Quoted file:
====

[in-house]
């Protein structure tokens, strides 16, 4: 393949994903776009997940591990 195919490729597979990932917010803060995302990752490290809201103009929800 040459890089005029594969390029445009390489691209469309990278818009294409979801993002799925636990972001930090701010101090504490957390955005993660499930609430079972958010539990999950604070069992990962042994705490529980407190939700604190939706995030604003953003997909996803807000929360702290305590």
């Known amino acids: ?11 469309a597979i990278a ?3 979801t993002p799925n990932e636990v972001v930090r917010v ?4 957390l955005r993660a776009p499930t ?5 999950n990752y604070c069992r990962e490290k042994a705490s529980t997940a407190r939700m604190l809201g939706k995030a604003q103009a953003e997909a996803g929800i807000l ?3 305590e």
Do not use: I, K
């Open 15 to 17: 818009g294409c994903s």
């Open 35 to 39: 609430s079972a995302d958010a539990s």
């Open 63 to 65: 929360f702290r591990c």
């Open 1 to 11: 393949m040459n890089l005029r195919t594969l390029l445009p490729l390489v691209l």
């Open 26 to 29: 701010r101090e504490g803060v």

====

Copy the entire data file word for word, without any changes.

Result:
[in-house]
């Protein structure tokens, strides 16, 4: 393949994903776009997940591990 195919490729597979990932917010803060995302990752490290809201103009929800 040459890089005029594969390029445009390489691209469309990278818009294409979801993002799925636990972001930090701010101090504490957390955005993660499930609430079972958010539990999950604070069992990962042994705490529980407190939700604190939706995030604003953003997909996803807000929360702290305590």
């Known amino acids: ?11 469309a597979i990278a ?3 979801t993002p799925n990932e636990v972001v930090r917010v ?4 957390l955005r993660a776009p499930t ?5 999950n990752y604070c069992r990962e490290k042994a705490s529980t997940a407190r939700m604190l809201g939706k995030a604003q103009a953003e997909a996803g929800i807000l ?3 305590e």
Do not use: I, K
């Open 15 to 17: 818009g294409c994903s």
């Open 35 to 39: 609430s079972a995302d958010a539990s």
């Open 63 to 65: 929360f702290r591990c």
């Open 1 to 11: 393949m040459n890089l005029r195919t594969l390029l445009p490729l390489v691209l």
């Open 26 to 29: 701010r101090e504490g803060v």